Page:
How is the programme at ISB different in teaching marketing strategies to its fellows?
The AMPH at ISB has participants exclusively from the healthcare sector. Hence, the course on ‘Strategic Thinking in Healthcare Organisations’. The entire course is tailored to the examples from the healthcare sector. The same is true for the second course that I teach to this cohort: Entrepreneurial Mindset and Business Model Innovation. Given that the participants are senior healthcare practitioners, the class is very engaged, especially since I largely use healthcare industry examples in my teaching.
As per you, how has the marketing outlook changed in the Indian healthcare industry in the past decade?
There is a lot of competition among players in the healthcare industry, especially in Tier-1 cities and the metros. Another aspect is acquisition of large hospitals by foreign PE players. Both these have resulted in considerable pricing and cost pressures on healthcare firms. The challenge for them seems to be how to differentiate themselves in a very competitive landscape. There is also considerable anxiety among players on the direction that the industry is heading towards, especially given the higher and higher levels of technological intensity that is the current reality.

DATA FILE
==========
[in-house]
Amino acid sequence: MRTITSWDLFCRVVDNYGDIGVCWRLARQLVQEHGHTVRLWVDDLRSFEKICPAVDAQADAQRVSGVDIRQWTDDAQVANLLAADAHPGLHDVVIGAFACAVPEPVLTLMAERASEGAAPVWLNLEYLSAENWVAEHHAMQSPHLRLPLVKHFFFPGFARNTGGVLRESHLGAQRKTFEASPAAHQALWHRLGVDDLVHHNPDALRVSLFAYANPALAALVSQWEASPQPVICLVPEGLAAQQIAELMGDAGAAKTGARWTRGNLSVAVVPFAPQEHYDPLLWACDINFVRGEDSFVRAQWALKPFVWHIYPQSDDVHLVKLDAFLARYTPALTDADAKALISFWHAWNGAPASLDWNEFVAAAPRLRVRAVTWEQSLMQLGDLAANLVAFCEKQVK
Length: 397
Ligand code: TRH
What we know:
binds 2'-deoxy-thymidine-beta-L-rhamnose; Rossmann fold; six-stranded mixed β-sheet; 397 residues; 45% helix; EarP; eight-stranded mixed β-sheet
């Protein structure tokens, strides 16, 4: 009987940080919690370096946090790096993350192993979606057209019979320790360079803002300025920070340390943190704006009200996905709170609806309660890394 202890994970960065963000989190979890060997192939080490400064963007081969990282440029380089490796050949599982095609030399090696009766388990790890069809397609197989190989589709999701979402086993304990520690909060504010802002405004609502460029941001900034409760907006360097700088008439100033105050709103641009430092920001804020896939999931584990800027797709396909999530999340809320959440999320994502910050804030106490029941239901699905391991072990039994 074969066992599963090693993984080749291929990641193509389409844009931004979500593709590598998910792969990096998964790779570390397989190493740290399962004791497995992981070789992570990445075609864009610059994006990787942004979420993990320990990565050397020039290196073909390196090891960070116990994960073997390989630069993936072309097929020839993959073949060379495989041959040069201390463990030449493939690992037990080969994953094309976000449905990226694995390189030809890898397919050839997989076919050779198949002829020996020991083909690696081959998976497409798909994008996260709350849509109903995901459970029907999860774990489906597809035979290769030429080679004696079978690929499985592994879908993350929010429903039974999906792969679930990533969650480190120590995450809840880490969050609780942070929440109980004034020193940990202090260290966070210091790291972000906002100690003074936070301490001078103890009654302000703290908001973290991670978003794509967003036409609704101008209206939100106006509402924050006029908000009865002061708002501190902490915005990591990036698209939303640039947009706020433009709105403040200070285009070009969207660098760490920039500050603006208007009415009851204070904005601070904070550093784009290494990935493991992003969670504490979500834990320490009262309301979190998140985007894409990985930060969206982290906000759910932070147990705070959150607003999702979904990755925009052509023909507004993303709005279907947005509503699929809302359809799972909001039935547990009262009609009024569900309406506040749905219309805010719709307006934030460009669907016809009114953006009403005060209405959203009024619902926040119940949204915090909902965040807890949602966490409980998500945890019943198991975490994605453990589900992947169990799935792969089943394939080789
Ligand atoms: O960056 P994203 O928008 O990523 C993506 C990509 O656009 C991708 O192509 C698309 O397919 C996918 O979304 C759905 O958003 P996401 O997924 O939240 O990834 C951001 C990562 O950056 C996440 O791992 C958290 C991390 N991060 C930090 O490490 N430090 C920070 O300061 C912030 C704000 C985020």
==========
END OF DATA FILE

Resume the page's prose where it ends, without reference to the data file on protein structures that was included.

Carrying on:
What kind of practical assignments help professionals of the programme enhance their skills?
For the senior cohort that AMPH gets, the best way to learn is through ‘learning by doing.’ Hence, projects where the learning from the course are applied is a good way to enhance skills. If these projects are related to the day-to-day challenges being faced by the respective firms, the learning is a lot more permanent.
Many of them do not have appreciation of importance of strategic thinking, strategy formulation and strategy implementation. Their understanding of entrepreneurship / intrapreneurship as well as innovation is also relatively low. These are the areas that I focus on for the AMPH group.
We now bring you Prof. Nandu Nandkishore, who is a Marketing & Strategy professional, Global C suite Executive with over 34 years of global experience in leadership roles across a diverse set of environments in both emerging and developed markets. His key areas involve turnaround situations and crisis management, transformation of old economy businesses with “tech based” inputs & innovation, leadership and coaching in the new “tech led” and “sharing economy”, emerging markets, globalisation and cross cultural operations, sales & distribution, consumer engagement through experiential marketing, neuro-marketing and digital, corporate social responsibility and creating shared value through social engagement.